Online Identity Management: Identity and Access Management Is Introducing Significant Instructional and Security Efficiencies in K12 Districts

By McLester, Susan | District Administration, January 2012 | Go to article overview

Online Identity Management: Identity and Access Management Is Introducing Significant Instructional and Security Efficiencies in K12 Districts


McLester, Susan, District Administration


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The increasing incorporation of digital materials and resources into school and district portals and repositories has given rise in recent years to a new focus on the issue of identity management in K12 education. The need for multiple usernames, passwords and separate logins for each user can be a nightmare for staff, inhibit the use of software programs that benefit student achievement, and overwhelm increasingly smaller district IT departments, say technology administrators in reports such as the Consortium for School Networking's "Single Sign-On, Multiple Benefits: A Primer on K-12 Federated Identity and Access Management," published in May 2011.

Identity management authenticates the identity of district users in all roles and presets their access to appropriate resources. For instance, a teacher may have access to an online grade book and the teacher's edition of a textbook, a student may have access to the student edition of the textbook, the school psychologist may have access to student health records, and the human resources department may have access to each employee's pay stubs and other personal information. In the absence of a single identity management program, access to materials remains in the hands of disparate users scattered throughout the district, each of whom may have multiple usernames and passwords depending on the materials they use in the course of their day. Costs for implementing an identity and access management (IAM) system are directly relational to the number of users it serves, says Deborah Karcher, CIO of Miami-Dade County Public Schools. For a district of Miami-Dade's size, with upwards of 500,000 users, upfront investment costs can be roughly $3 million dollars, she says.

Though technically different functions, identity management and access management are increasingly paired in solutions, as they're greatly interdependent. "Identity management dictates which resources you have access to, and access management is the key to the door," says Karcher.

A primary benefit to identity management solutions, which are supported through a range of software tools offered in part by Oracle, Microsoft, IBM, Computer Associates and Amazon.com, is that it decreases the risk of security breaches. "After a few accounts, people tend to start using sticky notes on their computers to remember passwords," says Sammie Carter, systems architect for the North Carolina Education Cloud (NCEdCloud), a pioneering statewide initiative funded by Race to the Top that includes an identity and access management plan for schools. "With an identity management solution, which allows districts to aggregate all data about users into a single "gateway" sign-in service, users only need to remember one username and password," he adds.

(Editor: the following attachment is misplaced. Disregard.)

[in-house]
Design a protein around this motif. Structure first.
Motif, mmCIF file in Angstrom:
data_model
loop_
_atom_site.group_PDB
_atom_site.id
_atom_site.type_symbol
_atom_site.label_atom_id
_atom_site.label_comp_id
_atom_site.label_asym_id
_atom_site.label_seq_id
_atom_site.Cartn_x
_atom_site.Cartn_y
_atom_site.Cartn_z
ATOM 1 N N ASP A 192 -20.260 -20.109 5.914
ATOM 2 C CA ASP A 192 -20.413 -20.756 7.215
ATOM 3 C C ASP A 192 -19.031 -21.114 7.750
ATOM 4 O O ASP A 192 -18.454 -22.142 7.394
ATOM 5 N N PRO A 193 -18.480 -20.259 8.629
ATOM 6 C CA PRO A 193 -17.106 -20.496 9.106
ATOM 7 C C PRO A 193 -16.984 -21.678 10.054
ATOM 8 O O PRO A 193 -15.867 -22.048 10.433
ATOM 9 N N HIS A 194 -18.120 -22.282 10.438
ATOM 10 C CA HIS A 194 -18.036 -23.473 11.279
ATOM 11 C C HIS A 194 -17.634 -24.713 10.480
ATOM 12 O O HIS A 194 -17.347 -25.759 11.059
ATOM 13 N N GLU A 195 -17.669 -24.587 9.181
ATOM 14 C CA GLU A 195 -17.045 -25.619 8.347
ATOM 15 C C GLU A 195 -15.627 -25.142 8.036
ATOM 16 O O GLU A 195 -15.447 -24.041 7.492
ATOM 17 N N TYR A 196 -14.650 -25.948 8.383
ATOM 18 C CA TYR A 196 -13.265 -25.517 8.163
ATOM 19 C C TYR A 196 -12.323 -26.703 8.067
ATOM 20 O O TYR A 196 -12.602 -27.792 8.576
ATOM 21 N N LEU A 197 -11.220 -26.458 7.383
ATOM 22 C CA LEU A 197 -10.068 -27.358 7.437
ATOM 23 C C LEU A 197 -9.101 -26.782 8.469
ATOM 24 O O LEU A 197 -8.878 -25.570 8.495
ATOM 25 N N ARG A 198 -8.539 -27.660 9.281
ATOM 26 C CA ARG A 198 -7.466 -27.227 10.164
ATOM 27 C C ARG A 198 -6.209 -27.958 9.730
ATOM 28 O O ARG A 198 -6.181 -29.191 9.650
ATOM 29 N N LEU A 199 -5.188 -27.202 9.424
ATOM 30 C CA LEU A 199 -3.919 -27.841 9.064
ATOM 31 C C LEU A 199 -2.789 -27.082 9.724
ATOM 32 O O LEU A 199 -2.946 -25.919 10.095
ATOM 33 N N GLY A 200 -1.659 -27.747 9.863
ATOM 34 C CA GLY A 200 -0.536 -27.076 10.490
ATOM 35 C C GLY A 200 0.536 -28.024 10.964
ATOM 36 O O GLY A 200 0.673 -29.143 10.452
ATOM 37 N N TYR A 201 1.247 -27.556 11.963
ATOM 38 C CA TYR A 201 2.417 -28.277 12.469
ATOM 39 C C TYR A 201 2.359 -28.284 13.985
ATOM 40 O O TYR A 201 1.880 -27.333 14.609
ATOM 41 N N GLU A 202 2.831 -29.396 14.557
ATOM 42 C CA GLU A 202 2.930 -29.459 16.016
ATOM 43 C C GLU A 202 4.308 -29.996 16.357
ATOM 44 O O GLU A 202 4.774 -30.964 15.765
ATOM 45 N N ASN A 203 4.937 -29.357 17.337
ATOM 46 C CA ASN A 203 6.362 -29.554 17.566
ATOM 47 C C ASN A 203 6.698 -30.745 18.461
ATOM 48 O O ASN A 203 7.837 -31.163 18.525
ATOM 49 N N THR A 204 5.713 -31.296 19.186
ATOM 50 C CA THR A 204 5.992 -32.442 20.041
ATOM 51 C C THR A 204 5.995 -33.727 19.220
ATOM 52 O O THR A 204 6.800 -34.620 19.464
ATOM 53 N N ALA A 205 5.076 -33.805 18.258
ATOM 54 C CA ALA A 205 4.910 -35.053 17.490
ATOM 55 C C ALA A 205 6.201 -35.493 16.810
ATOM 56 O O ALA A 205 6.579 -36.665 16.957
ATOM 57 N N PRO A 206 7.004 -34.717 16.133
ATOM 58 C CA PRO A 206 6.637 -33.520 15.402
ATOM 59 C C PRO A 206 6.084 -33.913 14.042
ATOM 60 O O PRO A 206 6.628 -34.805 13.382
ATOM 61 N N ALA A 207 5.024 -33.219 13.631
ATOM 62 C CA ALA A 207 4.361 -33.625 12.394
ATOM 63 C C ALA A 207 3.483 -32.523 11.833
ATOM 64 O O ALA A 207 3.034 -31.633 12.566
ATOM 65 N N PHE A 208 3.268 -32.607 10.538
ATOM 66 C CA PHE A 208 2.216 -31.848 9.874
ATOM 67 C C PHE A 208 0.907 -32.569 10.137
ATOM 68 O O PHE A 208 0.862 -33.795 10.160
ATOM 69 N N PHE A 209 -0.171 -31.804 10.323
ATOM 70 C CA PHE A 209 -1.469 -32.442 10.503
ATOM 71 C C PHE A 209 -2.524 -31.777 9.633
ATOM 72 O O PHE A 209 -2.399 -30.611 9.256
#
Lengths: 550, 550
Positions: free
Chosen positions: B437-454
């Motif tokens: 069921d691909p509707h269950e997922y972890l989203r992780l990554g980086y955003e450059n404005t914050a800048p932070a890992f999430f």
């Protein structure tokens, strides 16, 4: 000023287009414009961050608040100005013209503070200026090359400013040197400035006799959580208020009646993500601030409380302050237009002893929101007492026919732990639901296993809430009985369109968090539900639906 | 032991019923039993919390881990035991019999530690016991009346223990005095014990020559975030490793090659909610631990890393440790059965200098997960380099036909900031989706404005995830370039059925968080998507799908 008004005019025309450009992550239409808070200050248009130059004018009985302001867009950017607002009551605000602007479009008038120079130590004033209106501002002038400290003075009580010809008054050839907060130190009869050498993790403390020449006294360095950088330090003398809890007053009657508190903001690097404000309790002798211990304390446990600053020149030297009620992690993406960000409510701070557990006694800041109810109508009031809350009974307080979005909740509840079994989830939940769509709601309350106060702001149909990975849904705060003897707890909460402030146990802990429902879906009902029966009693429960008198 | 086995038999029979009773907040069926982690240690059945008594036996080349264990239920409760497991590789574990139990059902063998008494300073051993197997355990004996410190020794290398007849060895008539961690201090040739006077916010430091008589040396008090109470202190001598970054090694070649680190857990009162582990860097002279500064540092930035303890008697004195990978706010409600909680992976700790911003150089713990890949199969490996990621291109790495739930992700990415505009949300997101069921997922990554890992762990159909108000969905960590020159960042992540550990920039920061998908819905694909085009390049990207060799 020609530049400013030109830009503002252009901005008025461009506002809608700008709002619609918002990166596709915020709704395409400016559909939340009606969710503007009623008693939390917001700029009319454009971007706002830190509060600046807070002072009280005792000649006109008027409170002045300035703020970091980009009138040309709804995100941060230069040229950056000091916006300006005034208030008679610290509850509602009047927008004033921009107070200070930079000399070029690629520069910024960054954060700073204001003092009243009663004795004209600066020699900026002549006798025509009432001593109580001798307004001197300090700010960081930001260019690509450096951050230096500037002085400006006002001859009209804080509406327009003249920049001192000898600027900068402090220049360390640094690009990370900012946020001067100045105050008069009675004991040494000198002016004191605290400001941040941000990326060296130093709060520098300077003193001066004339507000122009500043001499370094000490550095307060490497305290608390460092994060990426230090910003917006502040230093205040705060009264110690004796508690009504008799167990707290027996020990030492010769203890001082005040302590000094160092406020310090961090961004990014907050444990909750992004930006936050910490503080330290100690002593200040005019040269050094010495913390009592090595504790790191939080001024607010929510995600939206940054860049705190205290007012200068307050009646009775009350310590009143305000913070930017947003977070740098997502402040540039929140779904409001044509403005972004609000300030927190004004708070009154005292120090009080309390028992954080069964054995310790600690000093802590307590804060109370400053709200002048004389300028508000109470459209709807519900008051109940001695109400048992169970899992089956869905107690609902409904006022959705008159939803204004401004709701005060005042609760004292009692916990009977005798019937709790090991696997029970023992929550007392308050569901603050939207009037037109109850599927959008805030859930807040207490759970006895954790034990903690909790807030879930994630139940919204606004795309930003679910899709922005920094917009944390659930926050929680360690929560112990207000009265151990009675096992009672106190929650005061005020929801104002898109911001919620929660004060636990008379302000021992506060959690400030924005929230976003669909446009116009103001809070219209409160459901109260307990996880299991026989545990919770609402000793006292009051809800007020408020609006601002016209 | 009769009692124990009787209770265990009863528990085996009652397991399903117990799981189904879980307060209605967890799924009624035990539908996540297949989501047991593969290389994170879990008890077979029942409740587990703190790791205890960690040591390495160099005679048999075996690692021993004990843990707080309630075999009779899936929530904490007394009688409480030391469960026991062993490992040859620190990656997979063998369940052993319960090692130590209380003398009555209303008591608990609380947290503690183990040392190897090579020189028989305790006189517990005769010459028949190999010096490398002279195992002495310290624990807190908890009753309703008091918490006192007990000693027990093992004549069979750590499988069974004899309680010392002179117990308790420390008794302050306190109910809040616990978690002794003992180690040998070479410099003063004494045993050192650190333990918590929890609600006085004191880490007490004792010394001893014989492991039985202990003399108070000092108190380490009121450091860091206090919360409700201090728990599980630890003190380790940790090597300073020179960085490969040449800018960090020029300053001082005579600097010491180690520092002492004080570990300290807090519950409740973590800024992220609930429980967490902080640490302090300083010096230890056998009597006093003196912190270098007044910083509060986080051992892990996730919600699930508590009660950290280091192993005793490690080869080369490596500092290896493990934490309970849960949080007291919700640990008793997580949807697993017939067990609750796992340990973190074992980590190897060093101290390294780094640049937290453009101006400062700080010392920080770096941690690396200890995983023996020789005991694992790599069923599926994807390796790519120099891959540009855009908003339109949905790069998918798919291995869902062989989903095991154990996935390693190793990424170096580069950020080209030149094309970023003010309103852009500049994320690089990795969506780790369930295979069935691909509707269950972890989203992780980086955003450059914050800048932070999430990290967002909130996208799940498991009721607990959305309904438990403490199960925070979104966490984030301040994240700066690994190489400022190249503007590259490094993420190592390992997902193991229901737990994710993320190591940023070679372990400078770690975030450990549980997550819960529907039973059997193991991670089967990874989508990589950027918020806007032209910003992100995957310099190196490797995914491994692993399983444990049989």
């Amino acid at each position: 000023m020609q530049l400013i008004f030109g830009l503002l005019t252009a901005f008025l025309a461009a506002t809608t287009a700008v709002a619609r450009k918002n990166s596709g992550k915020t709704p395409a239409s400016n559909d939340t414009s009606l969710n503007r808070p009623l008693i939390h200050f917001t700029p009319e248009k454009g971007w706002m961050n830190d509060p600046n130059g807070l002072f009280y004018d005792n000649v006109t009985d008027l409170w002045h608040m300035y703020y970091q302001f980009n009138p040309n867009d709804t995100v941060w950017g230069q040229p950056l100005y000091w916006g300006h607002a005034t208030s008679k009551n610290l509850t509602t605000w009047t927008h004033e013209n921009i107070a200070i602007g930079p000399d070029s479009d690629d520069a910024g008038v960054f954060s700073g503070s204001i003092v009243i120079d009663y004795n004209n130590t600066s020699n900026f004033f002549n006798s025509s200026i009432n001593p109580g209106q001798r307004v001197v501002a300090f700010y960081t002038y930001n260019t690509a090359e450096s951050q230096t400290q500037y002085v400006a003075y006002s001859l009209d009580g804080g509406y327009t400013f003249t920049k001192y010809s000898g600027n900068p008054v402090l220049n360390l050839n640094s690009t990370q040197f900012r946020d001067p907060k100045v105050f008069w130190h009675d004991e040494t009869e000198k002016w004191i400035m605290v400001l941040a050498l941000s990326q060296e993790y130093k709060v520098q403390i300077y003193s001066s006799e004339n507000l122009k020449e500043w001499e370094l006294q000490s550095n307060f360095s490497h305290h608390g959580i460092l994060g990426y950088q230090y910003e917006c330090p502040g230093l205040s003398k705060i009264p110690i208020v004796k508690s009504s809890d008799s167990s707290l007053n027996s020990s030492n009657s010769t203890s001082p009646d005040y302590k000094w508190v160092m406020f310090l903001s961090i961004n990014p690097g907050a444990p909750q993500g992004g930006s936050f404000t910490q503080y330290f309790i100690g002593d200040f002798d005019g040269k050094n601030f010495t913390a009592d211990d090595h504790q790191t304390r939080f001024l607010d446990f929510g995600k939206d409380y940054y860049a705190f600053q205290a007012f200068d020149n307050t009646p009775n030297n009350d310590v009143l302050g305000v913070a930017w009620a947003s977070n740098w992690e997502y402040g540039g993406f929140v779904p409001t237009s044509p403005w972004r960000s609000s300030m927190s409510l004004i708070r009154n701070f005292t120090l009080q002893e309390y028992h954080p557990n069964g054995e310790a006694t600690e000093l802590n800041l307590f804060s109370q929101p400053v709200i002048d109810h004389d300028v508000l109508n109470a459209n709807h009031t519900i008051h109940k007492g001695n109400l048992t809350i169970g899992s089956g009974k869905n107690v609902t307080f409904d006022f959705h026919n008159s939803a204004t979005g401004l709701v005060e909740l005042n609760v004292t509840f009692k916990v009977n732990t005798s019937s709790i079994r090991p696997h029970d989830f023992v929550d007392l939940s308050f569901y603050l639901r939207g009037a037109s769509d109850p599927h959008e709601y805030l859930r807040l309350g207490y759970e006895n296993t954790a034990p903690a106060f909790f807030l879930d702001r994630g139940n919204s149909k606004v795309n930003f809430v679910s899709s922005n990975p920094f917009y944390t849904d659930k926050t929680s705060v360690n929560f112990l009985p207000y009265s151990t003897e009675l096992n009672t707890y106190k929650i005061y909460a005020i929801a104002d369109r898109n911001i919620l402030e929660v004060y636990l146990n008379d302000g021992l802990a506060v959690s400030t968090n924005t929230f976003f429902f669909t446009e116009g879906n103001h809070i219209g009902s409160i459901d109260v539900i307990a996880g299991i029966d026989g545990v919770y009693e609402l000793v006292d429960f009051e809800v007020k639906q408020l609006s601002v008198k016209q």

Still a fairly recent topic in the K12 education space, IAM is more familiar in the higher education world, where instructors and researchers need to collaborate across different campuses, states and countries, says Carter. But recognition that the kinds of efficiencies being realized in the higher education world can also benefit K12 is driving the trend downward. Following North Carolina's lead, statewide IAM initiatives currently in different stages of implementation in Alaska, Colorado, Florida and Nevada attest to the growing interest in IAM in K12 environments.

Many school districts across the nation, especially the larger ones serving hundreds of thousands or even millions of users, are finding that IAM is coming to the rescue during times of shrinking budgets and staff layoffs by instituting significant financial, instructional and security efficiencies across a broad range of areas.

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Financial and Time Savings

Although not one of the nation's larger districts, North Carolina's rural Rockingham County School District, with 13,500 students, is notable as one of two pilot sites for the precedent-setting NCEdCloud program. …

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